Researchers at Université de Montréal and Yale University publish an analysis of historical maps, microfossils and macro-remains showing the evidence.
Playing 3D-platform video games regularly may improve cognitive functions in seniors and increase grey matter in a brain structure called the hippocampus.
In Quebec, more anglophones are choosing French universities.
For her doctoral thesis, Laureline Chiapello is studying the creativity of video game designers.
Paul Raymond Robichaud is writing his doctoral thesis on the principle of locality in quantum physics.
For his doctorate, Sylvain Gaudet is studying how to help athletes cut down on injuries during training.
For her doctorate, Valentine Crosset is probing how the terrorist group goes about creating and organizing its online propaganda.
Morgane Bonamy hopes these misunderstood carnivores will someday be reintroduced to their natural habitat in northern Quebec.
For his doctorate, Simon Laperrière explores the phenomenon of “fan theories” about major feature movies.
Julie Saint-Laurent studies post-traumatic stress disorder among workers who’ve returned from abroad.
As part of his PhD, Vincent Denault explores why witnesses lie in court.
At an international conference, CHU Sainte-Justine immunologist Hugo Soudeyns talks about the ongoing HIV/AIDS epidemic.
Divorcing parents, a car accident, a job layoff or any other major stressful event can provoke adolescents to quit their studies, a new UdeM study shows.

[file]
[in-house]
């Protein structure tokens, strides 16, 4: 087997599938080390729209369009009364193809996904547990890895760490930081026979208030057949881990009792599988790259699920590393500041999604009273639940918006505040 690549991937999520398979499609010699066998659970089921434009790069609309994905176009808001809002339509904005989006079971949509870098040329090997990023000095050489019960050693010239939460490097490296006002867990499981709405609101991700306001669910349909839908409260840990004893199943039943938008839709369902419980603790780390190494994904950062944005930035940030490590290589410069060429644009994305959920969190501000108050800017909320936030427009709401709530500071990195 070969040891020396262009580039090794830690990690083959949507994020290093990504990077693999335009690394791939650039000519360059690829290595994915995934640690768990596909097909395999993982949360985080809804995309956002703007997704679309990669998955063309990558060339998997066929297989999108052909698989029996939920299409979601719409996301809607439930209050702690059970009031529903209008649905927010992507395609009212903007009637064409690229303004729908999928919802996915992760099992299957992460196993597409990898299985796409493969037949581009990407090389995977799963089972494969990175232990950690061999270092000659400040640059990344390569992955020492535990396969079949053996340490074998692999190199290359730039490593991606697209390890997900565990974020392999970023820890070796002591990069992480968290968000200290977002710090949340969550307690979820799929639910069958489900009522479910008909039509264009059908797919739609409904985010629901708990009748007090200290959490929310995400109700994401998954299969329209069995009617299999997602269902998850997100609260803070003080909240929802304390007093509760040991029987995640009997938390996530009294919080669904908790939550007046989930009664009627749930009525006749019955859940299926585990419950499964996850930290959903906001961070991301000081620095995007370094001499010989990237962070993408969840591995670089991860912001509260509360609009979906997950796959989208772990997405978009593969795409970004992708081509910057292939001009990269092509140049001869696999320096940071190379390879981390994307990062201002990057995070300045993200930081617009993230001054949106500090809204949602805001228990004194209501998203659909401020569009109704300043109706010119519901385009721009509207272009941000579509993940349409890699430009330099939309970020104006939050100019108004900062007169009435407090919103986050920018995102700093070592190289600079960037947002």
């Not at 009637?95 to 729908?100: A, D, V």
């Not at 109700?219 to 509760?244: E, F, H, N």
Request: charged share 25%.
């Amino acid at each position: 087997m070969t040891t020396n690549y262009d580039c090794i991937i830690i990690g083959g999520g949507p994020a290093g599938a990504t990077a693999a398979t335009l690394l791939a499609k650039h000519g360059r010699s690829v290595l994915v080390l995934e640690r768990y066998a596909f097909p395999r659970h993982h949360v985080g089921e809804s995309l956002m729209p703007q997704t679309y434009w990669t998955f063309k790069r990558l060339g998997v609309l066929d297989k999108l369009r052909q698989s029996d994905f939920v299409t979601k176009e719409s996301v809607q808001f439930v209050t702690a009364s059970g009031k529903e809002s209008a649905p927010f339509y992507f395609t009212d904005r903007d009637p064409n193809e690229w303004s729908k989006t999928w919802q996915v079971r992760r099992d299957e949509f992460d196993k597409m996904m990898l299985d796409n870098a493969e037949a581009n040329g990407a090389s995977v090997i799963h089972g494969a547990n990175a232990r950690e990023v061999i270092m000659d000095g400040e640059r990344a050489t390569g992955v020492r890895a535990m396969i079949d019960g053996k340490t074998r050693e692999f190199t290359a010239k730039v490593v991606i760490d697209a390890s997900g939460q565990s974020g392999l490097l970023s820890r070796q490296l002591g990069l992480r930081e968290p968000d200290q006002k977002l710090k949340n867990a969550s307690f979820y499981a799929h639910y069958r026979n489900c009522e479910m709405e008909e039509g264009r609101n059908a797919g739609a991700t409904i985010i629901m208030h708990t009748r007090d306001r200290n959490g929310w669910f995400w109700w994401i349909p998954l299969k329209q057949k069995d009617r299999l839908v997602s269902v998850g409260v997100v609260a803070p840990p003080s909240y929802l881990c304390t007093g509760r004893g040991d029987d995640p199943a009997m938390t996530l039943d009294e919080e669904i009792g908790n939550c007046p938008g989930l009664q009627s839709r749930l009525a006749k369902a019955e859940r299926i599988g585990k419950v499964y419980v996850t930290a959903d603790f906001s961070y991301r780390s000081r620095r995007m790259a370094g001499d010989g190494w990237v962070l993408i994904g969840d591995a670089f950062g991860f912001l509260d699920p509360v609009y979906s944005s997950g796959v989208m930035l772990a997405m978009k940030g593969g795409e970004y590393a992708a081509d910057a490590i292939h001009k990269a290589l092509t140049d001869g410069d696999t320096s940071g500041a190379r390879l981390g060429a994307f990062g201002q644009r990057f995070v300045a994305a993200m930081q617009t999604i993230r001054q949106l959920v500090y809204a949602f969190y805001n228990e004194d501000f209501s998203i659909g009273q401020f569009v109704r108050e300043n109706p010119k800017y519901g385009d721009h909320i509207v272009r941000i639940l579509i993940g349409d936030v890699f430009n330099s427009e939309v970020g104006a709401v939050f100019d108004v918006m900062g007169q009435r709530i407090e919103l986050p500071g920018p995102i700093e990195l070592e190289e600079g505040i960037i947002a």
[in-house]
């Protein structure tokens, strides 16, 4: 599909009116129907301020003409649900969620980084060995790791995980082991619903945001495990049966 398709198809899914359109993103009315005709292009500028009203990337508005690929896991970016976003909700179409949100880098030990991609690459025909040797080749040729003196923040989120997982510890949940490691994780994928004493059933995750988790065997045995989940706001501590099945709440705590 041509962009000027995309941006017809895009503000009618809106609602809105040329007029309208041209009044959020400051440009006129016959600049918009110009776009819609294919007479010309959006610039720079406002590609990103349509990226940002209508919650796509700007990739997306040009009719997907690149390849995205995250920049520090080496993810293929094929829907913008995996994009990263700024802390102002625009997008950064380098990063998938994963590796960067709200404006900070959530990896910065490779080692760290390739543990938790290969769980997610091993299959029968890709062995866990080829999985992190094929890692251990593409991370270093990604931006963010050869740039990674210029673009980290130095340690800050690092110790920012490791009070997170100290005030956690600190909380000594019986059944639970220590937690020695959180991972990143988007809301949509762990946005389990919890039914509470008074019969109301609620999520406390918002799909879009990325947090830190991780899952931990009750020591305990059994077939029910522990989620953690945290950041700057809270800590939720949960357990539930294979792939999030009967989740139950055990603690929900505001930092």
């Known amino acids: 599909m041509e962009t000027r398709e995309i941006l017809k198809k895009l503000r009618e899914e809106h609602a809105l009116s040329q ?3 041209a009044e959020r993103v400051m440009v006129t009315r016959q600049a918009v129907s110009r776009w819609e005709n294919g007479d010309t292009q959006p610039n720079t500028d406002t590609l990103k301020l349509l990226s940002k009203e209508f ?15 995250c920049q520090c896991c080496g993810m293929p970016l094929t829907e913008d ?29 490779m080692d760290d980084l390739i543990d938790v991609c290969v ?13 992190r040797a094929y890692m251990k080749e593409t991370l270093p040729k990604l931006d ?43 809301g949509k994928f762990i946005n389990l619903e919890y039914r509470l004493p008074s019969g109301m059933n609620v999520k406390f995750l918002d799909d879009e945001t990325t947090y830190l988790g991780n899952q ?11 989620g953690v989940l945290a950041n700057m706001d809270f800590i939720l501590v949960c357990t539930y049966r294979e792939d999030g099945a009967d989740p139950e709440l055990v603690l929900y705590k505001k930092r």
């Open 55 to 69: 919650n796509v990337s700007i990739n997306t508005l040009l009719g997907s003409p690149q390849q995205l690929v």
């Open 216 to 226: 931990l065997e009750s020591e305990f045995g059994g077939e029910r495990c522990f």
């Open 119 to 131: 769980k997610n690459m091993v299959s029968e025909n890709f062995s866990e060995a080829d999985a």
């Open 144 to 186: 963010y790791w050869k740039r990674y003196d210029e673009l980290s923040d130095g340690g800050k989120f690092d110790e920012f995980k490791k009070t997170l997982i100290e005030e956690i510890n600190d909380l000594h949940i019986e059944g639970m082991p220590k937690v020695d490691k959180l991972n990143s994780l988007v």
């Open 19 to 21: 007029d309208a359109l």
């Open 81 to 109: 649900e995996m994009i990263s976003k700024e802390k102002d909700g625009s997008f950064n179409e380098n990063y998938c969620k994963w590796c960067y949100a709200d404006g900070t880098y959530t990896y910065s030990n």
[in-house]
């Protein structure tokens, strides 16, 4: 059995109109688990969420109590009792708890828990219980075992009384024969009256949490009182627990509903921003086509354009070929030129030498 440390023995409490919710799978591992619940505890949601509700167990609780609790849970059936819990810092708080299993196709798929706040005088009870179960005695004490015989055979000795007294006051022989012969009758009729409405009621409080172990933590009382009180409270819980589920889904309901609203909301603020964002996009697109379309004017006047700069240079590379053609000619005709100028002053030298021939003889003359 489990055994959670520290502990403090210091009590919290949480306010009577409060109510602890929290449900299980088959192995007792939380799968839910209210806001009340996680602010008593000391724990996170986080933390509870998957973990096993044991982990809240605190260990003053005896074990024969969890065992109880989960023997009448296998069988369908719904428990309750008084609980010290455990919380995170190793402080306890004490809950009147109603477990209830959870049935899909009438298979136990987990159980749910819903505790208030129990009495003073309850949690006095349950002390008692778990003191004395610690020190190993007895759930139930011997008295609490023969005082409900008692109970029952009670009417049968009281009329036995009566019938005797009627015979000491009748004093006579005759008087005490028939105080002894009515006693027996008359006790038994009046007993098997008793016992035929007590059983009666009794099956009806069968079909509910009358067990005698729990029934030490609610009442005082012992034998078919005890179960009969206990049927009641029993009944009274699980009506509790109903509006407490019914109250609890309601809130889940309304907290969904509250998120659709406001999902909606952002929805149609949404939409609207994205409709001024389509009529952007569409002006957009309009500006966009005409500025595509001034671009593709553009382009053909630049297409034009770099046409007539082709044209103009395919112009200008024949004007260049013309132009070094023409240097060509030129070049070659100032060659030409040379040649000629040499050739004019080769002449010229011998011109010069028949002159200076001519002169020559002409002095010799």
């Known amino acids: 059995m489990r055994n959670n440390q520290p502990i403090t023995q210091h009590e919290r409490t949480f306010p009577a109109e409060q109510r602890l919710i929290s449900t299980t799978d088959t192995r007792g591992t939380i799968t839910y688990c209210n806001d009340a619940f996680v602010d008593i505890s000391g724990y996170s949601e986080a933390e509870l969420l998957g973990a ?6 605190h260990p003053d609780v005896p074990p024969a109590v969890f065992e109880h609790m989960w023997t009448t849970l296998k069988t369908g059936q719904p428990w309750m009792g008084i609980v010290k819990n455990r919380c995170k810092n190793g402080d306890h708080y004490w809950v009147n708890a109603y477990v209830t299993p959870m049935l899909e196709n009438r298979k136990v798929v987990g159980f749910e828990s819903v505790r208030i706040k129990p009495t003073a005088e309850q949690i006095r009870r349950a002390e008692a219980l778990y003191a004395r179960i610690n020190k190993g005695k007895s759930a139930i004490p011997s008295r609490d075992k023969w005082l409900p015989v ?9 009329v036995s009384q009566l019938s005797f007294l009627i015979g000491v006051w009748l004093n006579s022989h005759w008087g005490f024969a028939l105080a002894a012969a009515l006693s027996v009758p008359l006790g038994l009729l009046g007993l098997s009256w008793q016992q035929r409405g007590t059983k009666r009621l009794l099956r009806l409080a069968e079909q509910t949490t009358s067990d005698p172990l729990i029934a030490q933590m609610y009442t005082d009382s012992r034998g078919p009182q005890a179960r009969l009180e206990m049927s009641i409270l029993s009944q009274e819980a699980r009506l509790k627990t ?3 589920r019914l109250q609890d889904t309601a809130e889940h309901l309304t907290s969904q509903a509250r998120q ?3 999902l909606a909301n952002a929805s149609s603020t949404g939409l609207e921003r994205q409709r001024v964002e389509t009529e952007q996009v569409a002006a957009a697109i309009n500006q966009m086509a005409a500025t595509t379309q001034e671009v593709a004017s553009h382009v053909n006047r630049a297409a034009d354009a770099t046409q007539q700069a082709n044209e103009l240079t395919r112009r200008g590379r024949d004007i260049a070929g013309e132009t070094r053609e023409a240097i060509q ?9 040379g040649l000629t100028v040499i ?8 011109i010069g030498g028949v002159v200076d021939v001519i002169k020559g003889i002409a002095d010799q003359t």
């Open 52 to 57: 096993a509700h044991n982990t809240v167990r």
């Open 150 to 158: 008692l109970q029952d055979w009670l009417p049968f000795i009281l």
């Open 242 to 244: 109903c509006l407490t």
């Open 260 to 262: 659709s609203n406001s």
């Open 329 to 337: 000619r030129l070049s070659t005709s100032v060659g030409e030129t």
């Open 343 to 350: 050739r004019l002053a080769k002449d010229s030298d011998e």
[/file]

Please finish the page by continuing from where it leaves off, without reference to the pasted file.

Age-related female infertility is explained by a defect in the choreography of chromosome sharing during cell division in eggs before they are fertilized.
An international research team has demonstrated that an exaggerated emotional brain response to non-threatening information predicts emergence of clinically psychotic symptoms.
A new study on property and violent crimes in Montreal breaks new ground by measuring the impact of visitors, not just residents, on a city's crime rate.
A big U.S. foundation donates $1.3 million to bring foreign scholars to Montreal to work on research in mathematical sciences.
Using a new bibliographic database, researchers examine the changing historical conceptions of the Great Lakes and St. Lawrence River through the eyes of scholars from the mid-19th century to today.
If family doctors got rid of their antiquated tensiometers and started using electronic devices instead, they'd make fewer misdiagnoses of hypertension, a medicial sociologist says.
Volunteers trained by UdeM biologists test the environment of 28 Montreal parks along the St. Lawrence River.
UdeM bioethicists study whether health professionals in the Canadian Armed Forces can abide by two ethics codes, civilian and military.